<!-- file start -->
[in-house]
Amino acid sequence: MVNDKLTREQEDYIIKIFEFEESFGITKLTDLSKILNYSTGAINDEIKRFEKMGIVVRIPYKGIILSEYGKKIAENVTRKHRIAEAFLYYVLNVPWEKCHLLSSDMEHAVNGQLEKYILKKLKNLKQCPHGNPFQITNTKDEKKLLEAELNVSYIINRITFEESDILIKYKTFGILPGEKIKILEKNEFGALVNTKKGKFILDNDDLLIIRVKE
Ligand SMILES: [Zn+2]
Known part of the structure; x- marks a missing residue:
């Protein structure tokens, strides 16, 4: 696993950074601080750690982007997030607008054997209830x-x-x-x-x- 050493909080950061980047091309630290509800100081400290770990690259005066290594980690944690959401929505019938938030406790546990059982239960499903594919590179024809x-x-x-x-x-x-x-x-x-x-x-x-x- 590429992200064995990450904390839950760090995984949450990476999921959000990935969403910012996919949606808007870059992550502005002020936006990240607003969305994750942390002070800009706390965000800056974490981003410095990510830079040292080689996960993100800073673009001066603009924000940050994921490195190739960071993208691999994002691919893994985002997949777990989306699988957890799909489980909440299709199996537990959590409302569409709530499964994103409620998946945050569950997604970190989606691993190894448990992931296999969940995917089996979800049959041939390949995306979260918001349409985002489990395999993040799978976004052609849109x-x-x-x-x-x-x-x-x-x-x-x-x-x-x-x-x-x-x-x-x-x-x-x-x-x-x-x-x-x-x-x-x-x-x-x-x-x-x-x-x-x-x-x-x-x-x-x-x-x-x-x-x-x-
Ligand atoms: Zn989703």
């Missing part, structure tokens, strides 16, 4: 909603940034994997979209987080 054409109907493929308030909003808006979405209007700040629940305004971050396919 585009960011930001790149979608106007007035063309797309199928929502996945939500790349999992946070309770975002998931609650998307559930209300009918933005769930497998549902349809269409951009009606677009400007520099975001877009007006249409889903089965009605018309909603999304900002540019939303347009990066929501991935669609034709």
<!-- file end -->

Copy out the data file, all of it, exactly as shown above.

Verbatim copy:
[in-house]
Amino acid sequence: MVNDKLTREQEDYIIKIFEFEESFGITKLTDLSKILNYSTGAINDEIKRFEKMGIVVRIPYKGIILSEYGKKIAENVTRKHRIAEAFLYYVLNVPWEKCHLLSSDMEHAVNGQLEKYILKKLKNLKQCPHGNPFQITNTKDEKKLLEAELNVSYIINRITFEESDILIKYKTFGILPGEKIKILEKNEFGALVNTKKGKFILDNDDLLIIRVKE
Ligand SMILES: [Zn+2]
Known part of the structure; x- marks a missing residue:
């Protein structure tokens, strides 16, 4: 696993950074601080750690982007997030607008054997209830x-x-x-x-x- 050493909080950061980047091309630290509800100081400290770990690259005066290594980690944690959401929505019938938030406790546990059982239960499903594919590179024809x-x-x-x-x-x-x-x-x-x-x-x-x- 590429992200064995990450904390839950760090995984949450990476999921959000990935969403910012996919949606808007870059992550502005002020936006990240607003969305994750942390002070800009706390965000800056974490981003410095990510830079040292080689996960993100800073673009001066603009924000940050994921490195190739960071993208691999994002691919893994985002997949777990989306699988957890799909489980909440299709199996537990959590409302569409709530499964994103409620998946945050569950997604970190989606691993190894448990992931296999969940995917089996979800049959041939390949995306979260918001349409985002489990395999993040799978976004052609849109x-x-x-x-x-x-x-x-x-x-x-x-x-x-x-x-x-x-x-x-x-x-x-x-x-x-x-x-x-x-x-x-x-x-x-x-x-x-x-x-x-x-x-x-x-x-x-x-x-x-x-x-x-x-
Ligand atoms: Zn989703």
């Missing part, structure tokens, strides 16, 4: 909603940034994997979209987080 054409109907493929308030909003808006979405209007700040629940305004971050396919 585009960011930001790149979608106007007035063309797309199928929502996945939500790349999992946070309770975002998931609650998307559930209300009918933005769930497998549902349809269409951009009606677009400007520099975001877009007006249409889903089965009605018309909603999304900002540019939303347009990066929501991935669609034709």